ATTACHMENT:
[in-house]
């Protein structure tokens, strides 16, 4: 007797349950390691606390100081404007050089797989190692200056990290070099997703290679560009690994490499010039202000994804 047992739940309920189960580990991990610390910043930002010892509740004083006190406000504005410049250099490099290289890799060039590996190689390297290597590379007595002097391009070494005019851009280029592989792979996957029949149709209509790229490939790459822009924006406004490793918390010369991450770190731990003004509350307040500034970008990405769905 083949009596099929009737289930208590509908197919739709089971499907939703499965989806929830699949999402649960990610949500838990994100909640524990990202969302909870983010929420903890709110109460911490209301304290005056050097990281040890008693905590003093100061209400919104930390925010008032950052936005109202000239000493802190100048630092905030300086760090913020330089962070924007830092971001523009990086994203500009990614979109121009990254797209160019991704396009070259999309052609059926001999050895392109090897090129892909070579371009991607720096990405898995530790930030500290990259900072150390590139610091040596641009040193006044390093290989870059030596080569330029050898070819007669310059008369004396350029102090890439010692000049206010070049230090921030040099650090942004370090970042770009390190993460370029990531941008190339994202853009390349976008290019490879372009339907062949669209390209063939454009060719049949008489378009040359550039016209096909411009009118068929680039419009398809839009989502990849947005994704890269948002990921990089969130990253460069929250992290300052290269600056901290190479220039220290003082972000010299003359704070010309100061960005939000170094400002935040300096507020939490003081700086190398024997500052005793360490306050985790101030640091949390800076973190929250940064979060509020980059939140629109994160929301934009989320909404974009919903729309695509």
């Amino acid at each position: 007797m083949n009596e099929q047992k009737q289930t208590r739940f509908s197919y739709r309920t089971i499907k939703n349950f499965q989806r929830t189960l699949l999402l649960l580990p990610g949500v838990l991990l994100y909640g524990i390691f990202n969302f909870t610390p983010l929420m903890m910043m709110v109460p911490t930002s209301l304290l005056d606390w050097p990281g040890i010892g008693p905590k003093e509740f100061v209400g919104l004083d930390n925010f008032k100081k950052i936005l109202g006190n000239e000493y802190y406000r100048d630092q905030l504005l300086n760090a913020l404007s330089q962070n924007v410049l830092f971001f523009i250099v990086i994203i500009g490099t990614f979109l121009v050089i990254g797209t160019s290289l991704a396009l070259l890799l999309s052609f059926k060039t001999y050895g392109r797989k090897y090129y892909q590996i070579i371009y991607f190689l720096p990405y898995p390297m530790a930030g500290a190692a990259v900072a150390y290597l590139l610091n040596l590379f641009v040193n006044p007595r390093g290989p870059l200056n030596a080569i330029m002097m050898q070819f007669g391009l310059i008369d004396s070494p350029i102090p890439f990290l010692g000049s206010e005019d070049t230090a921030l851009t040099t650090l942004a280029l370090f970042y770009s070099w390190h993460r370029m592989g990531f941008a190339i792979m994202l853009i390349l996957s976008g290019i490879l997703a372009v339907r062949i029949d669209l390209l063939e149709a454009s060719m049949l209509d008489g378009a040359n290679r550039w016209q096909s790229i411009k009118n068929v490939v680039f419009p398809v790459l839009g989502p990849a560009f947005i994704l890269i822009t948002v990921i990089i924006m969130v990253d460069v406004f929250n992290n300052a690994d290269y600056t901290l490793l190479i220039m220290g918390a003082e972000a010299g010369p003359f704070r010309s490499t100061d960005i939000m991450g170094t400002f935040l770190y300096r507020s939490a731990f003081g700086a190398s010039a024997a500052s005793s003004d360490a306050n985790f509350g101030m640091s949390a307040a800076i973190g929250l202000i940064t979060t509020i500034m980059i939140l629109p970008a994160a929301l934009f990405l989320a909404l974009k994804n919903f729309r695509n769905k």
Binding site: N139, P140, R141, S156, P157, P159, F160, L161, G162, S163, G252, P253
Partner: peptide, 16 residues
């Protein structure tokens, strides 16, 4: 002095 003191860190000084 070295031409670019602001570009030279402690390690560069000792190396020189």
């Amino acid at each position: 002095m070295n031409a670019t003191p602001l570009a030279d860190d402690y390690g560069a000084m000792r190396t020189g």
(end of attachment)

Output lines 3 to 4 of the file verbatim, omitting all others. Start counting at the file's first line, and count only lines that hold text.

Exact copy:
């Amino acid at each position: 007797m083949n009596e099929q047992k009737q289930t208590r739940f509908s197919y739709r309920t089971i499907k939703n349950f499965q989806r929830t189960l699949l999402l649960l580990p990610g949500v838990l991990l994100y909640g524990i390691f990202n969302f909870t610390p983010l929420m903890m910043m709110v109460p911490t930002s209301l304290l005056d606390w050097p990281g040890i010892g008693p905590k003093e509740f100061v209400g919104l004083d930390n925010f008032k100081k950052i936005l109202g006190n000239e000493y802190y406000r100048d630092q905030l504005l300086n760090a913020l404007s330089q962070n924007v410049l830092f971001f523009i250099v990086i994203i500009g490099t990614f979109l121009v050089i990254g797209t160019s290289l991704a396009l070259l890799l999309s052609f059926k060039t001999y050895g392109r797989k090897y090129y892909q590996i070579i371009y991607f190689l720096p990405y898995p390297m530790a930030g500290a190692a990259v900072a150390y290597l590139l610091n040596l590379f641009v040193n006044p007595r390093g290989p870059l200056n030596a080569i330029m002097m050898q070819f007669g391009l310059i008369d004396s070494p350029i102090p890439f990290l010692g000049s206010e005019d070049t230090a921030l851009t040099t650090l942004a280029l370090f970042y770009s070099w390190h993460r370029m592989g990531f941008a190339i792979m994202l853009i390349l996957s976008g290019i490879l997703a372009v339907r062949i029949d669209l390209l063939e149709a454009s060719m049949l209509d008489g378009a040359n290679r550039w016209q096909s790229i411009k009118n068929v490939v680039f419009p398809v790459l839009g989502p990849a560009f947005i994704l890269i822009t948002v990921i990089i924006m969130v990253d460069v406004f929250n992290n300052a690994d290269y600056t901290l490793l190479i220039m220290g918390a003082e972000a010299g010369p003359f704070r010309s490499t100061d960005i939000m991450g170094t400002f935040l770190y300096r507020s939490a731990f003081g700086a190398s010039a024997a500052s005793s003004d360490a306050n985790f509350g101030m640091s949390a307040a800076i973190g929250l202000i940064t979060t509020i500034m980059i939140l629109p970008a994160a929301l934009f990405l989320a909404l974009k994804n919903f729309r695509n769905k």
Binding site: N139, P140, R141, S156, P157, P159, F160, L161, G162, S163, G252, P253